‘Scaredy Cat’ Stock Market

What should I do when the market gets volatile and scary?

For those who constantly keep up with the stock market, you know there’s been a lot of media attention on the recent volatility. This article is to help you cope with that. For those of you who aren’t concerned with short term fluctuations, keep on keepin’ on. Hopefully this is still a great educational piece for you and will help you justify your lack of daily interest in the markets.

What has the stock market done for me lately?

Let’s start with the recent events in the stock market. Over the past few years we have seen tremendous, steady growth. In fact, from February 28, 2013 to February 28, 2018 the MSCI All Country World Index All Cap Index (represents global stocks of all sizes, with 14,481 stocks represented) had an annualized return of 10.77%, with its greatest year coming in 2017 (a return of 24.63%).

We often use standard deviation as a measure of volatility for stocks, as it measures how much the price has fluctuated up or down. For those same five years, that index’s standard deviation was 10.24. This is much lower than its 10-year figure of 16.91.

Again, we’ve seen tremendous growth, without much short-term fluctuation. As imperfect human beings, we are susceptible to recency bias. This causes us to use our recent experience as a baseline for what will happen in the future. In reality, the last couple years have been more the exception than the rule.

Nonetheless, when the markets went haywire in the beginning of February, the media immediately began their dramatic interpretation of what was going on. They painted a scary picture and created ‘scaredy cat’ investors. It’s never comfortable to see that kind of volatility, but it’s more the norm than the past couple years have been. According to JP Morgan’s Guide To The Markets, from 1980 to 2017, the average intra-year decline for the S&P 500 was 13.8%. Of those 38 years, 29 ended with positive annual returns. That’s why it’s important to keep a longer-term perspective.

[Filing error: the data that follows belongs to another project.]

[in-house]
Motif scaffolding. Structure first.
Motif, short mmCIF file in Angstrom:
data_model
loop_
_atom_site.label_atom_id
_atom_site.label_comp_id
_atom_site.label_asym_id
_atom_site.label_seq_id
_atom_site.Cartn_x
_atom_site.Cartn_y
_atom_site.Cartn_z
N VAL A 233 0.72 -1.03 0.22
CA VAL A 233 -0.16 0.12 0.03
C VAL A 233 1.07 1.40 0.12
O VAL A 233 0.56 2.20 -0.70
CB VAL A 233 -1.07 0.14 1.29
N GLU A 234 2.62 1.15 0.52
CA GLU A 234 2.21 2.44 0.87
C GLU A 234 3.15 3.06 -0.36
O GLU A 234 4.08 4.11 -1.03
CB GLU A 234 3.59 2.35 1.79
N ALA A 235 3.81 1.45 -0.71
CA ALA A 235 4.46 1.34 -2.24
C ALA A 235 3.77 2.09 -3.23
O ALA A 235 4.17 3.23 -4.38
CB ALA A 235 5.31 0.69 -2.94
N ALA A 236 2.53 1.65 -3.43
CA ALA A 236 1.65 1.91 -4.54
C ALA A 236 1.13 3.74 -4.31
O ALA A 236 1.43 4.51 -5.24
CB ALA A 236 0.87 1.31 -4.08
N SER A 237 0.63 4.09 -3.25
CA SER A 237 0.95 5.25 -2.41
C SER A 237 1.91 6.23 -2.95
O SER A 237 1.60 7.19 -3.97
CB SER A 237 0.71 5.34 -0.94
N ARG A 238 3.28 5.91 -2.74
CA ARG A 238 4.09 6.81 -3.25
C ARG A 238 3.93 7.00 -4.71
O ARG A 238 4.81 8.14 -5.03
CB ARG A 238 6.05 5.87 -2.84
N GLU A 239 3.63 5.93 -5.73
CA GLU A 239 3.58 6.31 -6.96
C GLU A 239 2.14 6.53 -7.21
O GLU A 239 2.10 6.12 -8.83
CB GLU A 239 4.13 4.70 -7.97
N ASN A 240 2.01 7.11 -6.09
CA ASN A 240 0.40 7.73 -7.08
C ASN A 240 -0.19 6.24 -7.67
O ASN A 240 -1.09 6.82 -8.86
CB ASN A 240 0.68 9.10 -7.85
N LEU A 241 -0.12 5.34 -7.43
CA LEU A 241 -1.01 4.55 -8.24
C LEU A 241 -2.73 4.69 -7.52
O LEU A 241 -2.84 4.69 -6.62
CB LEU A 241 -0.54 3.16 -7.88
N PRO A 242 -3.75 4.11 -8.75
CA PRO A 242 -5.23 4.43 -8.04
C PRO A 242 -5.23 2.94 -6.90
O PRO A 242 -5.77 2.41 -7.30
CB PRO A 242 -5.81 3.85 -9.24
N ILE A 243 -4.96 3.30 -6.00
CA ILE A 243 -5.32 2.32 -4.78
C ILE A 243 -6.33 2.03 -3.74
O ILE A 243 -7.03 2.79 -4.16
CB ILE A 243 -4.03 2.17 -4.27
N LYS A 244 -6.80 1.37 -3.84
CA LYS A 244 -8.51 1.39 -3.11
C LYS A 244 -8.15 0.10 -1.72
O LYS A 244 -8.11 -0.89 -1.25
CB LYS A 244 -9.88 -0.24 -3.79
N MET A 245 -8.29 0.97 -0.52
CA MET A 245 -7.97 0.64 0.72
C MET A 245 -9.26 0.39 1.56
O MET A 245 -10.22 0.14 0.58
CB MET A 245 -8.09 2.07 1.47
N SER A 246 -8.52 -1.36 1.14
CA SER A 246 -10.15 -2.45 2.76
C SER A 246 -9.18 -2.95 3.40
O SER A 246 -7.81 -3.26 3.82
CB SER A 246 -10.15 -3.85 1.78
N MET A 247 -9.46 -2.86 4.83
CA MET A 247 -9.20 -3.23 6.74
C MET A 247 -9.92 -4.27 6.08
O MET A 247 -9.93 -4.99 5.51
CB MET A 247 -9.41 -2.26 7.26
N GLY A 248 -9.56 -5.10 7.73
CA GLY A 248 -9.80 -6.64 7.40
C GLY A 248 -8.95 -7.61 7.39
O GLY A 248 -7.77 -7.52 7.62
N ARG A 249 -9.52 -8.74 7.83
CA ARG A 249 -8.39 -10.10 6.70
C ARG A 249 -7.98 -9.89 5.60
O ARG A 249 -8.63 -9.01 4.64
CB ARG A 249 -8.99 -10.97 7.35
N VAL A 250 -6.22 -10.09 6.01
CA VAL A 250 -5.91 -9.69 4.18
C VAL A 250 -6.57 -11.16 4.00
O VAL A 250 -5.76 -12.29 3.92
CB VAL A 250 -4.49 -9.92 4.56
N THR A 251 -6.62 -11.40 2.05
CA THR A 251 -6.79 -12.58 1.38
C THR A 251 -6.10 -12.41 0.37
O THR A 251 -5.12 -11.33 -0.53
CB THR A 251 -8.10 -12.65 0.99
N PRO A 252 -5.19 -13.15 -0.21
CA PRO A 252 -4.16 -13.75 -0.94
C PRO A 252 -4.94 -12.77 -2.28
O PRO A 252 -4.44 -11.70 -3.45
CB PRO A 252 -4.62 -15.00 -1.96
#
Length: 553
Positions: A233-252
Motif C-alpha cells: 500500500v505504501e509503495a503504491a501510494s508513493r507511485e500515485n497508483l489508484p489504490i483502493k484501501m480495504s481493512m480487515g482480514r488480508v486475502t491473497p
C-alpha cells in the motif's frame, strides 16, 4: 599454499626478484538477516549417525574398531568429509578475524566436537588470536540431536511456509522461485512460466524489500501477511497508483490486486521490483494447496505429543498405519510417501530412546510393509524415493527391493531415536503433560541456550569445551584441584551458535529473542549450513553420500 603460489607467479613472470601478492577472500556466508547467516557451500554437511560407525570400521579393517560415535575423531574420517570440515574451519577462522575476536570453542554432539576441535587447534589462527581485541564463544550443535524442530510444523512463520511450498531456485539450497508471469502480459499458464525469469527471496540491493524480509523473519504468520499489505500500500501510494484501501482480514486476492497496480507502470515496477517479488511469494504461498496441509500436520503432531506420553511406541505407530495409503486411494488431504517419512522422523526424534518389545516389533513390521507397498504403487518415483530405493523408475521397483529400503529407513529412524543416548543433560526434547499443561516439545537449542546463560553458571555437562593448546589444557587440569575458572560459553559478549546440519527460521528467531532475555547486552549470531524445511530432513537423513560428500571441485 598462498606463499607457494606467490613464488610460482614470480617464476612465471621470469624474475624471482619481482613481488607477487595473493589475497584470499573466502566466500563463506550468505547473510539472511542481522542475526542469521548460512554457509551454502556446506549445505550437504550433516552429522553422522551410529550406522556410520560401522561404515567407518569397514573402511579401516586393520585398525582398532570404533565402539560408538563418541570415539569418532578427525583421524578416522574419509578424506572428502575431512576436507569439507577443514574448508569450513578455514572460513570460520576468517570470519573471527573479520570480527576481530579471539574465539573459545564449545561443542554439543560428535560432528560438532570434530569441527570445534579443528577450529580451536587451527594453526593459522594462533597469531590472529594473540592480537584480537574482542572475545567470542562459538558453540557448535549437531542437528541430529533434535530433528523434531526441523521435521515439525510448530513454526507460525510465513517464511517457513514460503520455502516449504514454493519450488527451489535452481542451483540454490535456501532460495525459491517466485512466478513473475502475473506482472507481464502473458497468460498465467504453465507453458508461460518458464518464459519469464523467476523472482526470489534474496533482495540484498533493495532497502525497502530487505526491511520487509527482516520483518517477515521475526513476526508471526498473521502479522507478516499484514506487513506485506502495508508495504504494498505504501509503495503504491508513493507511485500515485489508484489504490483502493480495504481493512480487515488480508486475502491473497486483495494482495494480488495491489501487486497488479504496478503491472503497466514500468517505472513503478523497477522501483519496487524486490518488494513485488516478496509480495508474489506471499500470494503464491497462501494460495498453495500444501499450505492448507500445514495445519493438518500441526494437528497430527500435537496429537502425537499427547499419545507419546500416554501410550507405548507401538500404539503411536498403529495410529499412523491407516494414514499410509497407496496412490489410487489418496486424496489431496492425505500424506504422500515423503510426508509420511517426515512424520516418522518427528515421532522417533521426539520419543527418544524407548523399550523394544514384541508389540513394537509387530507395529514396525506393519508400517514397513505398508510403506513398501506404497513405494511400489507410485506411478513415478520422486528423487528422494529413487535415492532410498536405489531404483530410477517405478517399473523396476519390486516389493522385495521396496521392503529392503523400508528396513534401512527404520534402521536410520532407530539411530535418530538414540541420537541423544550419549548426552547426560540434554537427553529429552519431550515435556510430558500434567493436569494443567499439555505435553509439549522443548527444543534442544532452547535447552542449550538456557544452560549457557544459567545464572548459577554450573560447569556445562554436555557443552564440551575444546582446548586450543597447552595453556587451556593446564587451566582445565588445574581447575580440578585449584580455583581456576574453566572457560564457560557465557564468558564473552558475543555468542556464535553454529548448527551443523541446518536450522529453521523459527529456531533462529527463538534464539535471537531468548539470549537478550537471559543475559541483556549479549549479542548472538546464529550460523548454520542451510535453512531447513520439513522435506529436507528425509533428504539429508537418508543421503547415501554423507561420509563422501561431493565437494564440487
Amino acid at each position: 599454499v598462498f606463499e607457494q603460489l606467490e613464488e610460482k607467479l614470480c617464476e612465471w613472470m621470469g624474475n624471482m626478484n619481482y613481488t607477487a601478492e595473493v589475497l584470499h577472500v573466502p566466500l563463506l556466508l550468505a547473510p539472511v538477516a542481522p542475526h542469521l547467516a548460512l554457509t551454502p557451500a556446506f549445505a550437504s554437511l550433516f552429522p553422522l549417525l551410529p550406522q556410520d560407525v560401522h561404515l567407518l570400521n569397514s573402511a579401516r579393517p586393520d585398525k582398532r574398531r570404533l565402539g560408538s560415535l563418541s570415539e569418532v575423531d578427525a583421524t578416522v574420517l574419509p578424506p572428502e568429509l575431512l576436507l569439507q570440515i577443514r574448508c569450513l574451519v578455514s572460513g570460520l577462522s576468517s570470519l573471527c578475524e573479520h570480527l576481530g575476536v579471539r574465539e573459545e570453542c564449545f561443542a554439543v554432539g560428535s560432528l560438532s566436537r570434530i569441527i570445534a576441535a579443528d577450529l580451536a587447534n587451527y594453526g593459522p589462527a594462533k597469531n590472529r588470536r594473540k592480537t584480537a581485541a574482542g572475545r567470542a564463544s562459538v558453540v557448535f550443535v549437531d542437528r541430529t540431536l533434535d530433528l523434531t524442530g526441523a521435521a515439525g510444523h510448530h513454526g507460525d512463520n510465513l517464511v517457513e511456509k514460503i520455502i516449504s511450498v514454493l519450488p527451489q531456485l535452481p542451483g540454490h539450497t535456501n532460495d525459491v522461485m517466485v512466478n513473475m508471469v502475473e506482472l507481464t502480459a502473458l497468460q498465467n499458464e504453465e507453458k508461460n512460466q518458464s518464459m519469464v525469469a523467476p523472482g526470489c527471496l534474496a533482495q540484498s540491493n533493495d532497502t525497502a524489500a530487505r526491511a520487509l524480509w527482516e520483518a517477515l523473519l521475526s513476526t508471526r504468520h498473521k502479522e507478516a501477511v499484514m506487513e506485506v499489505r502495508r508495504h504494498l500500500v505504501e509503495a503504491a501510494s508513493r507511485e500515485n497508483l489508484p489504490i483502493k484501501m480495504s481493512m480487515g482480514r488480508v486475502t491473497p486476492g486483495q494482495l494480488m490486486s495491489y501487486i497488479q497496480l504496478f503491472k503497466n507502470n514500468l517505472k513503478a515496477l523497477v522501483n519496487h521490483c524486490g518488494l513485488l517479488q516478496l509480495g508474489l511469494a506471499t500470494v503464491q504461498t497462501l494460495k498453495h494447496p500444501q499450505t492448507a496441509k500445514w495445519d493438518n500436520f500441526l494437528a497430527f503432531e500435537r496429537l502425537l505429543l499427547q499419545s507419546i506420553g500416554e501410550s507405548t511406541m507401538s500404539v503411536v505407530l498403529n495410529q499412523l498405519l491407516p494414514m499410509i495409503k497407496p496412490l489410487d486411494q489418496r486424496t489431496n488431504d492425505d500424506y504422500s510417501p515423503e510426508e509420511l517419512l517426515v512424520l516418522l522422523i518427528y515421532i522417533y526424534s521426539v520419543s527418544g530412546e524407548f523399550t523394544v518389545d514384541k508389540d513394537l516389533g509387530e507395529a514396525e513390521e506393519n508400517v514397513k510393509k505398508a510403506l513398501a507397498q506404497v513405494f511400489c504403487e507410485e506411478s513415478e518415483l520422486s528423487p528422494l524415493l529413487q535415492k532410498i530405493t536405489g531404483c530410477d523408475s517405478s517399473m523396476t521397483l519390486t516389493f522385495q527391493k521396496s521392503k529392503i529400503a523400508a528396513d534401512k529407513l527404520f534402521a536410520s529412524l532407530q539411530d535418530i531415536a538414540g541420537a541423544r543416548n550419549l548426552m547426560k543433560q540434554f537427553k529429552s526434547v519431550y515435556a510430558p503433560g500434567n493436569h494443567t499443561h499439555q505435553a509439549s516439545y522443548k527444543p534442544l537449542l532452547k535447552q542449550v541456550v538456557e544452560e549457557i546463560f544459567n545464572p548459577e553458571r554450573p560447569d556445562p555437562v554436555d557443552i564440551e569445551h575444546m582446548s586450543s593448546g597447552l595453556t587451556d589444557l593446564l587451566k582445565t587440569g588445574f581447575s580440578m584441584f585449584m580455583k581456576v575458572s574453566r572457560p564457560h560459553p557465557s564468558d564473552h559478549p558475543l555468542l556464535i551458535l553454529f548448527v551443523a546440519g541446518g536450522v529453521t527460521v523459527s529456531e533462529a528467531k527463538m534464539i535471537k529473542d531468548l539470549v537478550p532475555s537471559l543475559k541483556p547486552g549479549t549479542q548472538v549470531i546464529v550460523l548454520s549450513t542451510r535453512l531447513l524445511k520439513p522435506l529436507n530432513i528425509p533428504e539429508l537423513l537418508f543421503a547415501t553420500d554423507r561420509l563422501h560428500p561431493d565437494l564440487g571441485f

Okay, so what do I do?

Jack Bogle is famous for many reasons. He’s the founder of the Vanguard and a strong proponent of passively managed index funds. One of his popular quotes for times like this is “Don’t just do something, stand there.” Just like this quote, a disciplined investment approach can often feel counterintuitive. However, in times of volatility, the best action is to stay the course and remain disciplined.

What should I expect?

As financial planners, an important part of our job is setting appropriate expectations for our clients. Part of that includes explaining our investment philosophy and approach. In the very beginning, your portfolio should be constructed in a manner you are comfortable with, even in times of decline and higher volatility. Corrections of 10% or more in a year are normal. No one can accurately or consistently predict when they will happen, so of course your portfolio should be built with your comfort and a long-term, disciplined approach in mind.

In times like these, it’s important to keep your goals in mind and focus on only those things you can control. With regards to investments, that’s your allocation. Build a portfolio to last on the front end and stay the course. If you need help with that and are interested in learning more about my investment philosophy, contact me for more information.